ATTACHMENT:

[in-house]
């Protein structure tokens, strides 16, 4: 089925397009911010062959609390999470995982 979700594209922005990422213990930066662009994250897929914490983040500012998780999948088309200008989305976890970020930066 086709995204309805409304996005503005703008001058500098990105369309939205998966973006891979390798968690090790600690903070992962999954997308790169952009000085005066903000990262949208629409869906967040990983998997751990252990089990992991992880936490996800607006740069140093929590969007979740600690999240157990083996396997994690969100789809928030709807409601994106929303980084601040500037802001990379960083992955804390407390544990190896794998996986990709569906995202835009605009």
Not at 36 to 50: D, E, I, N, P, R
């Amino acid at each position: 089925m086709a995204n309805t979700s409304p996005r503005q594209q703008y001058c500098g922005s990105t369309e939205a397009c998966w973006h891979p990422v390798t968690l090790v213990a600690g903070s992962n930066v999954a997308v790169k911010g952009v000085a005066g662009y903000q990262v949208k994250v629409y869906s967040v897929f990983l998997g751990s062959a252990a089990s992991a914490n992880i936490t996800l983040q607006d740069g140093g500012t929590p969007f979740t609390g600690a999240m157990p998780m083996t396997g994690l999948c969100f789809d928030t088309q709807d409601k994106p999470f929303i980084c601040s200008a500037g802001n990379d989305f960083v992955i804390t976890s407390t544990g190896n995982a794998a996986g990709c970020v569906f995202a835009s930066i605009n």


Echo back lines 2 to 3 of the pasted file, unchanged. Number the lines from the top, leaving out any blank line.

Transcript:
């Protein structure tokens, strides 16, 4: 089925397009911010062959609390999470995982 979700594209922005990422213990930066662009994250897929914490983040500012998780999948088309200008989305976890970020930066 086709995204309805409304996005503005703008001058500098990105369309939205998966973006891979390798968690090790600690903070992962999954997308790169952009000085005066903000990262949208629409869906967040990983998997751990252990089990992991992880936490996800607006740069140093929590969007979740600690999240157990083996396997994690969100789809928030709807409601994106929303980084601040500037802001990379960083992955804390407390544990190896794998996986990709569906995202835009605009």
Not at 36 to 50: D, E, I, N, P, R